It can be helpful however to have a more detailed comparison of the characteristics of each type of company. A comparison table in summary form is set out below. This table is not exhaustive; it is intended as a practical guide and should not be taken as a statement of the law on any matter. The table takes into account the changes in the Companies (Amendment) Act 2009. References in the table to the FSC are to the Companies Registry Division of the Isle of Man Financial Supervision Commission, except under the heading "Regulatory and capital markets" where such references relates to the FSC's role as financial services regulator.

While the generally more relaxed characteristics of a 2006 Act Company may be advantageous depending on the situation, the 2006 Act introduces some new provisions and it remains to be seen how these will operate and develop in practice. Two examples to mention relate to (i) the registration of security and (ii) the Attorney General and FSC's right to inspect the accounting records of a 2006 Act company.

In relation to the registration of security, the 2006 Act (like the 1931 Act) provides that unless a charge created by the company is registered, it will be void against the liquidator and any creditor of the company. The 1931 Act lists the charges which are registrable, however the 2006 Act provides that any form of security interest (other than an interest arising by operation of law) is registrable.

The expression "security interest" is quite wide and will include interests not registrable under the 1931 Act, for example a pledge. A company may create a pledge by delivering possession of goods, or documents of title to goods. A pledge may in certain circumstances be created over intangibles, for example bearer bonds. Unlike in the case of a 1931 Act Company, if a pledge created by a 2006 Act Company is not registered it will be void against the liquidator and any creditor of the company.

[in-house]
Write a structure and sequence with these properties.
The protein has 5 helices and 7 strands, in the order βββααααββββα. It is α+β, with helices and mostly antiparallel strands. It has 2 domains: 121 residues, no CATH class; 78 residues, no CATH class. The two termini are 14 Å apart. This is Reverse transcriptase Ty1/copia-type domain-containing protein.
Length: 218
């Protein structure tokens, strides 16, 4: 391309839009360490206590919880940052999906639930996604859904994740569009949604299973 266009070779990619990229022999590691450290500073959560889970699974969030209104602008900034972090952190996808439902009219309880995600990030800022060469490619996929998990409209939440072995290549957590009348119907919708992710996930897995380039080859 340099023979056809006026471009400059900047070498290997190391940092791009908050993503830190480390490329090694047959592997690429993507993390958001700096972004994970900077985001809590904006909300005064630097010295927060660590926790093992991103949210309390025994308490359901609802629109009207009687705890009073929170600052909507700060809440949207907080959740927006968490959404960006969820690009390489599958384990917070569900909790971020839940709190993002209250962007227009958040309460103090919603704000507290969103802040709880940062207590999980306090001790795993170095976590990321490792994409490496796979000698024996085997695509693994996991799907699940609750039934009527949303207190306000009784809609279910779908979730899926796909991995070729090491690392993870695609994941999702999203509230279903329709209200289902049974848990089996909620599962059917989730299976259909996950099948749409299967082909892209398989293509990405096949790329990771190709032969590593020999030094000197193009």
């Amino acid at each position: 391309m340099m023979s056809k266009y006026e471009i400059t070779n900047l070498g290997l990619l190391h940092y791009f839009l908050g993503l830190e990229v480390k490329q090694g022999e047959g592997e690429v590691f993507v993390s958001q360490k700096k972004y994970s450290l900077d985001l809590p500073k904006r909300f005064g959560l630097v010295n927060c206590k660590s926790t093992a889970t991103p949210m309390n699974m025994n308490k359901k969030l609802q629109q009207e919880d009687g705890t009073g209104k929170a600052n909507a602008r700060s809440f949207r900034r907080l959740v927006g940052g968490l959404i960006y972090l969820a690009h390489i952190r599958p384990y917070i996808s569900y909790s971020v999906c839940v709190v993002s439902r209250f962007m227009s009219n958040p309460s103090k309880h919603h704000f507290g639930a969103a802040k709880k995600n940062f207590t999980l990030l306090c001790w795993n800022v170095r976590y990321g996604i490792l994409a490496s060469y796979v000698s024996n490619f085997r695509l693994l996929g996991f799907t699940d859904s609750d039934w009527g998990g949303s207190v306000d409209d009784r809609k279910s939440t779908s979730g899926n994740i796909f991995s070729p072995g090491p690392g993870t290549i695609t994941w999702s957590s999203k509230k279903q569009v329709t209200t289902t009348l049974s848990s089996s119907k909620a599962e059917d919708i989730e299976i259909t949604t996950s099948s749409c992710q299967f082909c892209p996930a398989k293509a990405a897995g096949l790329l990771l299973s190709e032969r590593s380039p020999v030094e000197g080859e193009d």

In relation to the second example, the Companies Act 2006 provides that the Attorney General (and the FSC) is entitled to inspect the documents and records of a 2006 Act Company in written or electronic form at any reasonable time, which has no equivalent in the 1931 Act. However the 2006 Act does not specify the purposes for which that right may be exercised by the Attorney General, or specify any particular procedures which must be followed by the Attorney General to invoke that right. It may be that the right may only be exercised if it is in the public interest to do so, and it is likely that the courts would require that fair procedures be adopted. It remains to be seen how both practice and the law will develop in this regard.

We hope that this paper is of assistance both to clients deciding which type of company to use, and in working with each type of company.

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The content of this article is intended to provide a general guide to the subject matter. Specialist advice should be sought about your specific circumstances.